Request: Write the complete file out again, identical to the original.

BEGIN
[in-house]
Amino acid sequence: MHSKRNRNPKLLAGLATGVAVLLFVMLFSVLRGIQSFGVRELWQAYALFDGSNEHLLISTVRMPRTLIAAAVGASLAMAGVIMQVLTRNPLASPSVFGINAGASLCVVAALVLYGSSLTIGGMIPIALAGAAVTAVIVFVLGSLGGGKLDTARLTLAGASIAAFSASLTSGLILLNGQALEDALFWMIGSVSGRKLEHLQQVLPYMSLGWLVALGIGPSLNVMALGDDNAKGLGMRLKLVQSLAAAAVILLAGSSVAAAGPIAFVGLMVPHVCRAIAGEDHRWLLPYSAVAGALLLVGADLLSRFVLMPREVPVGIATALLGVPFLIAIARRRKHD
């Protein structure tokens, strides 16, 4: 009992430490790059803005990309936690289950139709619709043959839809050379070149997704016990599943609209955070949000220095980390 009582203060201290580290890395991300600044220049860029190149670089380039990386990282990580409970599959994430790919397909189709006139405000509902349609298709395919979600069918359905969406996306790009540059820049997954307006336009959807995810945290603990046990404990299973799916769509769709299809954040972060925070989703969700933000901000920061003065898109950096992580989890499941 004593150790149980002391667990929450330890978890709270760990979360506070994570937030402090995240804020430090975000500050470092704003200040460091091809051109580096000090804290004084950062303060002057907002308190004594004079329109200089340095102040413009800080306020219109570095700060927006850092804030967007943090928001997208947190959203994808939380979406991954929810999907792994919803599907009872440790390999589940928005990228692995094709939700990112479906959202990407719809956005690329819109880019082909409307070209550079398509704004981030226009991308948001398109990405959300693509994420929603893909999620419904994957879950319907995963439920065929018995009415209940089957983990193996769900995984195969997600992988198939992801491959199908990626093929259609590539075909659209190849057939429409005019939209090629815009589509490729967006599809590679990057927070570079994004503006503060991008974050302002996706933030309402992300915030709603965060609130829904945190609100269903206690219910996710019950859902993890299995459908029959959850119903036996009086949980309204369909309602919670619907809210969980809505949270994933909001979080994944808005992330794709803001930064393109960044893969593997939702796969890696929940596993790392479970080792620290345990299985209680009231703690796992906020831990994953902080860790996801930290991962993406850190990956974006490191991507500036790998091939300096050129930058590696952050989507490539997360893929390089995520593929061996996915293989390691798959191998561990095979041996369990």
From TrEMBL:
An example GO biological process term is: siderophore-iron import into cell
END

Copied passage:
[in-house]
Amino acid sequence: MHSKRNRNPKLLAGLATGVAVLLFVMLFSVLRGIQSFGVRELWQAYALFDGSNEHLLISTVRMPRTLIAAAVGASLAMAGVIMQVLTRNPLASPSVFGINAGASLCVVAALVLYGSSLTIGGMIPIALAGAAVTAVIVFVLGSLGGGKLDTARLTLAGASIAAFSASLTSGLILLNGQALEDALFWMIGSVSGRKLEHLQQVLPYMSLGWLVALGIGPSLNVMALGDDNAKGLGMRLKLVQSLAAAAVILLAGSSVAAAGPIAFVGLMVPHVCRAIAGEDHRWLLPYSAVAGALLLVGADLLSRFVLMPREVPVGIATALLGVPFLIAIARRRKHD
């Protein structure tokens, strides 16, 4: 009992430490790059803005990309936690289950139709619709043959839809050379070149997704016990599943609209955070949000220095980390 009582203060201290580290890395991300600044220049860029190149670089380039990386990282990580409970599959994430790919397909189709006139405000509902349609298709395919979600069918359905969406996306790009540059820049997954307006336009959807995810945290603990046990404990299973799916769509769709299809954040972060925070989703969700933000901000920061003065898109950096992580989890499941 004593150790149980002391667990929450330890978890709270760990979360506070994570937030402090995240804020430090975000500050470092704003200040460091091809051109580096000090804290004084950062303060002057907002308190004594004079329109200089340095102040413009800080306020219109570095700060927006850092804030967007943090928001997208947190959203994808939380979406991954929810999907792994919803599907009872440790390999589940928005990228692995094709939700990112479906959202990407719809956005690329819109880019082909409307070209550079398509704004981030226009991308948001398109990405959300693509994420929603893909999620419904994957879950319907995963439920065929018995009415209940089957983990193996769900995984195969997600992988198939992801491959199908990626093929259609590539075909659209190849057939429409005019939209090629815009589509490729967006599809590679990057927070570079994004503006503060991008974050302002996706933030309402992300915030709603965060609130829904945190609100269903206690219910996710019950859902993890299995459908029959959850119903036996009086949980309204369909309602919670619907809210969980809505949270994933909001979080994944808005992330794709803001930064393109960044893969593997939702796969890696929940596993790392479970080792620290345990299985209680009231703690796992906020831990994953902080860790996801930290991962993406850190990956974006490191991507500036790998091939300096050129930058590696952050989507490539997360893929390089995520593929061996996915293989390691798959191998561990095979041996369990």
From TrEMBL:
An example GO biological process term is: siderophore-iron import into cell